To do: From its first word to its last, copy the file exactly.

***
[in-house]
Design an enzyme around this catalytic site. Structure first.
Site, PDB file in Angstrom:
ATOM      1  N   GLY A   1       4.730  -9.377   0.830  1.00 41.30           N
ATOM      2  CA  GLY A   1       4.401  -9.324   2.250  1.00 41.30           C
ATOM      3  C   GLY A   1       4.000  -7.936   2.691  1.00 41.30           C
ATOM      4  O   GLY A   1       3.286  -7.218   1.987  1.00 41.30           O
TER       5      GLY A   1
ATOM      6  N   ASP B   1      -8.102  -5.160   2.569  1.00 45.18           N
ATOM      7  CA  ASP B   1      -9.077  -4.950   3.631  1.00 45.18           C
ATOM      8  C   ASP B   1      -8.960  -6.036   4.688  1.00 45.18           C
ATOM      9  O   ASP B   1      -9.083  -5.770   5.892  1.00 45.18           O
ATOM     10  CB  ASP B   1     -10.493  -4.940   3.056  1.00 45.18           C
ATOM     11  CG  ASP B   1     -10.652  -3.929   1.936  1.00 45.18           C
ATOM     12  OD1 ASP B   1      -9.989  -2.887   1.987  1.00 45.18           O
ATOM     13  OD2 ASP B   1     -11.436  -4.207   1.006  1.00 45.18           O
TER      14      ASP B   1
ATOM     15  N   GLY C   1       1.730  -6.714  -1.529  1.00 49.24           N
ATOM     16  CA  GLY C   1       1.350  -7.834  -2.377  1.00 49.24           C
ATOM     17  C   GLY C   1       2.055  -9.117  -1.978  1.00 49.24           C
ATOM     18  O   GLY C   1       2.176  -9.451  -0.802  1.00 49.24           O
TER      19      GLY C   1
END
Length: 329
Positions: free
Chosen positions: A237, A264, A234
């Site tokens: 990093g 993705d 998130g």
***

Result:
[in-house]
Design an enzyme around this catalytic site. Structure first.
Site, PDB file in Angstrom:
ATOM      1  N   GLY A   1       4.730  -9.377   0.830  1.00 41.30           N
ATOM      2  CA  GLY A   1       4.401  -9.324   2.250  1.00 41.30           C
ATOM      3  C   GLY A   1       4.000  -7.936   2.691  1.00 41.30           C
ATOM      4  O   GLY A   1       3.286  -7.218   1.987  1.00 41.30           O
TER       5      GLY A   1
ATOM      6  N   ASP B   1      -8.102  -5.160   2.569  1.00 45.18           N
ATOM      7  CA  ASP B   1      -9.077  -4.950   3.631  1.00 45.18           C
ATOM      8  C   ASP B   1      -8.960  -6.036   4.688  1.00 45.18           C
ATOM      9  O   ASP B   1      -9.083  -5.770   5.892  1.00 45.18           O
ATOM     10  CB  ASP B   1     -10.493  -4.940   3.056  1.00 45.18           C
ATOM     11  CG  ASP B   1     -10.652  -3.929   1.936  1.00 45.18           C
ATOM     12  OD1 ASP B   1      -9.989  -2.887   1.987  1.00 45.18           O
ATOM     13  OD2 ASP B   1     -11.436  -4.207   1.006  1.00 45.18           O
TER      14      ASP B   1
ATOM     15  N   GLY C   1       1.730  -6.714  -1.529  1.00 49.24           N
ATOM     16  CA  GLY C   1       1.350  -7.834  -2.377  1.00 49.24           C
ATOM     17  C   GLY C   1       2.055  -9.117  -1.978  1.00 49.24           C
ATOM     18  O   GLY C   1       2.176  -9.451  -0.802  1.00 49.24           O
TER      19      GLY C   1
END
Length: 329
Positions: free
Chosen positions: A237, A264, A234
């Site tokens: 990093g 993705d 998130g």